Logo for the Journal American Rhododendron Society

Journal American Rhododendron Society

Current Editor:
Dr. Glen Jamieson ars.editor@gmail.com


Volume 47, Number 4
Fall 1993

DLA Ejournal Home | JARS Home | Table of Contents for this issue | Search JARS and other ejournals

Tips for Beginners: Fertilizing Rhododendrons the Organic Way
Terry Richmond
Port Alberni, British Columbia, Canada

Reprinted from the November 1992 newsletter of the Mt. Arrowsmith Chapter.

        When fertilizing rhododendrons we should look to nature to show us the way. In nature mulching and fertilizing is a continuous process with the current year's mulch being gradually transformed in subsequent years to usable fertilizer. Nature's rhodo food begins with a leaf, needle, twig, petal and fruit fall - in short, any and all matter that falls to earth or flows into their area in ground water.
        Rhododendrons, because of their environment and the shallow layer of organic matter in which they grow, have evolved a massive root system consisting of literally thousands of tiny, shallow running feeder roots. These roots are extremely efficient in extracting life sustaining plant nutrients from their immediate area. Root systems will be much smaller in a benign climate because a smaller amount of nutrients is required to maintain plant health. Conversely, rhododendrons in exposed and/or harsh conditions will have a vastly increased root system to extract every ounce of nourishment from their surrounding.

Adult Oberea myops.
Rhododendrons use old leaves as nutrient storage sites.
As nutrients are used in growth and storage sites are
emptied, old leaves fall off. Most will hold leaves into
their third flush or third year and on occasion into the
fourth. "Read" your rhododendron by identifying the
number of flushes of leaves. Three flushes mean the plant
is in good condition; two flushes mean the plant is getting
hungry; one flush means the plant is very hungry or sick.
If leaves are smaller than normal the plants were
fertilized late in the season. If the leaves are large, the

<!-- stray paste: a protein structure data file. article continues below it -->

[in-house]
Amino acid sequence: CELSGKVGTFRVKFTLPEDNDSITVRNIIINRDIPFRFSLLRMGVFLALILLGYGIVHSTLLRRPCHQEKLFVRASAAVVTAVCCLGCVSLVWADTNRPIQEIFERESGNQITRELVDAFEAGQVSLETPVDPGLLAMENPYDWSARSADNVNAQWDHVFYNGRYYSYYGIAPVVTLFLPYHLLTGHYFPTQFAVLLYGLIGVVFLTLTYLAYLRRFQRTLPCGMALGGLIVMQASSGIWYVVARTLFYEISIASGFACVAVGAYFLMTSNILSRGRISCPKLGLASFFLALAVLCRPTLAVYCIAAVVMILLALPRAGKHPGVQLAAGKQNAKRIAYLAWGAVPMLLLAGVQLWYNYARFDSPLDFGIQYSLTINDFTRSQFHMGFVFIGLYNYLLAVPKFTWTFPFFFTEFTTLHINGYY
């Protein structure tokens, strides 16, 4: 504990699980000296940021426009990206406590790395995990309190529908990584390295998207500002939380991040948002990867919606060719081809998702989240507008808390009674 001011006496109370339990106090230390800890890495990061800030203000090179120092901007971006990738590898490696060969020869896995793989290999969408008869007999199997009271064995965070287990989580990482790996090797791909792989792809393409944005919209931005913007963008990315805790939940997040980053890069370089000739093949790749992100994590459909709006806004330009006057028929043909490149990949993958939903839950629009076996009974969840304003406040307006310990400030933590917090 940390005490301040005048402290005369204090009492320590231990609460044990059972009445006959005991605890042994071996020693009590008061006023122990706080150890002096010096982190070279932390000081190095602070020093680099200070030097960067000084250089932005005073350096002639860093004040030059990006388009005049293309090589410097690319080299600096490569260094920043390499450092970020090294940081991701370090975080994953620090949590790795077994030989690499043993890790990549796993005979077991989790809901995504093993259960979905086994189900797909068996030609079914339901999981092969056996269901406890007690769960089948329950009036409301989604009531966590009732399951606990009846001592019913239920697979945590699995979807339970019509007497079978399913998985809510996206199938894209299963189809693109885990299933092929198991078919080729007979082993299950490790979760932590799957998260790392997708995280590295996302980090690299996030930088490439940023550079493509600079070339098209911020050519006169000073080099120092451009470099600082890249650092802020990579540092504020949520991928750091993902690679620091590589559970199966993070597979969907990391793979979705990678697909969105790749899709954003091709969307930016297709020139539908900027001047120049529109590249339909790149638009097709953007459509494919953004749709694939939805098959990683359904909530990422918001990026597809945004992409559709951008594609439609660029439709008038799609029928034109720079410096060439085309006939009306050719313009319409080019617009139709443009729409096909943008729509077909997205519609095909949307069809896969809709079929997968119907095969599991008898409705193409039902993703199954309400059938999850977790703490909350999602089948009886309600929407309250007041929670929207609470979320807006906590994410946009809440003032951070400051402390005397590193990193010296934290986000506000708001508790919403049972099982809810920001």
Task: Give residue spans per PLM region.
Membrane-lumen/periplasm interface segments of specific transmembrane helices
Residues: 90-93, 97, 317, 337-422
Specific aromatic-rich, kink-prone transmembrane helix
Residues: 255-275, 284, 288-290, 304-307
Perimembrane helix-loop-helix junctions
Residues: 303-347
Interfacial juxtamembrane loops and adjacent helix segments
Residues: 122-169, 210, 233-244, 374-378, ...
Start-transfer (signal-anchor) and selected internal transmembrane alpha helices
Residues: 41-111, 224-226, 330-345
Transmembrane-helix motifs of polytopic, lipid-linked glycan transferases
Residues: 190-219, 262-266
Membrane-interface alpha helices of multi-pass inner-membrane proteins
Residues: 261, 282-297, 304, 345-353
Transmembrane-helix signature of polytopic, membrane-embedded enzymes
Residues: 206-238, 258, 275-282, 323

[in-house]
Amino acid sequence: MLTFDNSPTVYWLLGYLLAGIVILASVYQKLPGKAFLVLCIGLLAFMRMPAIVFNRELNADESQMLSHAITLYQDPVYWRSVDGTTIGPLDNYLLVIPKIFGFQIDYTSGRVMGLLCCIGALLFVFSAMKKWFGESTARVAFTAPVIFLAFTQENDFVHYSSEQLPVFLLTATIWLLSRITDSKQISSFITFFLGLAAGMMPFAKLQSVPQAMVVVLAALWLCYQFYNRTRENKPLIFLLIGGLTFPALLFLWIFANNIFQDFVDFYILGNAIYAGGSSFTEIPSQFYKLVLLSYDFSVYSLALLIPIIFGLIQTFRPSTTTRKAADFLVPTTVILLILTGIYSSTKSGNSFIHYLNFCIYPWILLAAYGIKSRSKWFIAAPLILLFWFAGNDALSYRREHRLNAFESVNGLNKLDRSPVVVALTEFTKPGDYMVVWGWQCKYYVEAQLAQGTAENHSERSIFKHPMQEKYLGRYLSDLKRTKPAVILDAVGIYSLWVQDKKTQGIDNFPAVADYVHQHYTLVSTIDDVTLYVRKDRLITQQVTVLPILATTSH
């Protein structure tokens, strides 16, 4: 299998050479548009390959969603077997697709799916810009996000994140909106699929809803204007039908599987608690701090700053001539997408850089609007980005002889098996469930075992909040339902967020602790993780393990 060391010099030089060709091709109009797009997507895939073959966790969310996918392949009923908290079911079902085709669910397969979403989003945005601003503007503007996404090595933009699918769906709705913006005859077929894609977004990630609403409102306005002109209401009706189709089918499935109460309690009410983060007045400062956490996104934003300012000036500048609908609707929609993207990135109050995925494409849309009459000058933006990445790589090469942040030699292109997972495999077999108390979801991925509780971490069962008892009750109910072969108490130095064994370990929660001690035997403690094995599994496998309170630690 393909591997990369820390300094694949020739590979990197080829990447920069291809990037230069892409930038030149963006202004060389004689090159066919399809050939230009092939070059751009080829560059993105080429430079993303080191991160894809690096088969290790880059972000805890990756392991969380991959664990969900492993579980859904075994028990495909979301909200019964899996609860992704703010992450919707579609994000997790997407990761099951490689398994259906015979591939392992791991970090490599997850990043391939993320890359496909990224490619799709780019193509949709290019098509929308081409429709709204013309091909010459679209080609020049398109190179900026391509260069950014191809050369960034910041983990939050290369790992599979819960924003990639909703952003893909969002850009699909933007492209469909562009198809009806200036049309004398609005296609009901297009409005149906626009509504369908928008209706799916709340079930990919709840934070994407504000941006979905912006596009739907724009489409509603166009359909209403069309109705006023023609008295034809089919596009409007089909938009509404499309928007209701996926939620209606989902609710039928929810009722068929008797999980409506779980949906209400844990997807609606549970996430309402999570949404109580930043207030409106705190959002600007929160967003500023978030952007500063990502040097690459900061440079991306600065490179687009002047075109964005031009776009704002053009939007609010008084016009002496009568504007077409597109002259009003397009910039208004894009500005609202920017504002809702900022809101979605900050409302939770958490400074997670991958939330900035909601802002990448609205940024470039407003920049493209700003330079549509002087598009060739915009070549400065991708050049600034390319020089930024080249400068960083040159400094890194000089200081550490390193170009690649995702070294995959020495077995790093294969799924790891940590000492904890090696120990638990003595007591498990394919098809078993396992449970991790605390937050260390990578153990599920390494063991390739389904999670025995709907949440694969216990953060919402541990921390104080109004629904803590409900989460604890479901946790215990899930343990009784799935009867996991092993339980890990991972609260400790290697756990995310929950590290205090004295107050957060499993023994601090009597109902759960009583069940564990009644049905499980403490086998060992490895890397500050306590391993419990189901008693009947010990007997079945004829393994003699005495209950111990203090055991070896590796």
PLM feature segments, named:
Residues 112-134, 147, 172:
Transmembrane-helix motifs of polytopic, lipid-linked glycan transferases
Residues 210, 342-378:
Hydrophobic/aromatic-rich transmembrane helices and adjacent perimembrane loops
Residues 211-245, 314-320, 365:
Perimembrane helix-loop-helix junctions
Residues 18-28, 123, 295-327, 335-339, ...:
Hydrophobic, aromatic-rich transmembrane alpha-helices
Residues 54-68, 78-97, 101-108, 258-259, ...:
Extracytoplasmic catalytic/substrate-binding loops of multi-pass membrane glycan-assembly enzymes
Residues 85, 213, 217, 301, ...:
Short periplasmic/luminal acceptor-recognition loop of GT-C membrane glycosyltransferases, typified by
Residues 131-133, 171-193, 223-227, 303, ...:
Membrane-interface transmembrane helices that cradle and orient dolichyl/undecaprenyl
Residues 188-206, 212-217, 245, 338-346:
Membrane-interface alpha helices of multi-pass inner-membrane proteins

plant is normal. If the leaves are excessively large and
stems are very long too much fertilizer, probably too
much nitrogen, was given.
(Dave Adams, Oregon State University Extension
Service, Corvallis, Oregon.)

        So how do we fertilize rhododendrons in our garden? First, any literature on fertilizing rhododendrons assumes that your plants are growing in the correct medium. Again, as in nature, this medium should be extremely high in organic matter, well drained, well aerated and moderately to slightly acidic. Fir and pine bark, composted oak leaves and evergreen needles, decayed wood, well rotted sawdust, coarse peat moss, reed sedge and topsoil high in organic matter are some of the materials that can be combined in endless combinations to provide excellent growing mediums. Growing medium acidity or pH value is not nearly as critical when growing plants in an organic medium using primarily organic fertilizers. One good quality compost for rhododendrons contains oak leaves, evergreen needles, alfalfa and washed seaweed. Between the various layers an organic nitrogen such as canola meal, fish meal or blood meal can be added.
        A word of caution! Rhododendrons, because of their previously mentioned tiny feeder roots, can be easily damaged through over-fertilization, especially when using high analysis chemical fertilizers. Elements to be cautious using include nitrogen, iron, sulfur, boron, sodium and calcium. Contrary to popular belief, rhododendrons do not hate calcium. In actual fact the reverse is true. They will gorge themselves on available calcium until they make themselves sick. With respect to iron, a few years back a respected rhodo grower suggested I supply more iron to help combat the effect of full sunlight in my exposed garden. He was undoubtedly right, but I supplied so much iron sulfate that severe leaf scorching occurred. A little fertilizer goes a long way, especially with small plants.
        I fertilize in early spring around the end of March using all the organic fertilizer and soil amendments that I can obtain. When I combine ingredients I try to duplicate natural fertilizer analysis. For instance, in canola meal (6-2-1) and in fish meal (3-2-1) the nitrogen is two to three times that of phosphorous and three to six times that of potassium. Three advantages of organic fertilizers over their chemical counterparts is in their trace element and humic content and in their extended time release of nutrients. Some fertilizers in the following list contain up to 34 trace elements, while seaweed is reported to contain every element presently known.

Blood meal - nitrogen & trace
Bone meal - phosphorus & calcium & trace
Fish meal - complete N-P-K & calcium and trace
Canola meal - complete N-P-K & trace
Cottonseed meal - complete N-P-K & trace
Powdered alfalfa - complete N-P-K & trace
Worm castings - complete N-P-K & trace
Powdered rock phosphate - phosphorus & 32 trace
Green sand - potassium & 34 trace
Kelp meal - potassium & all trace
Dolomite - calcium & magnesium

My base organic fertilizer and filler recipes in volume parts are as follows:
Fertilizer Recipe:
2 parts fish meal
2 parts canola meal
2 parts alfalfa
1 part worm castings
1 part dolomite lime
1/2 part rock phosphate
1/2 part bone meal
1/2 part kelp meal
1/2 part green sand

Filler Recipe:
5 parts sand
5 parts double screened fir bark or
5 parts composted fish waste

The filler, equal in volume to the fertilizer total, is used to prevent clumping of the meal type fertilizers and to minimize the dust problem associated with mixing finely ground or powdered materials.


Volume 47, Number 4
Fall 1993

DLA Ejournal Home | JARS Home | Table of Contents for this issue | Search JARS and other ejournals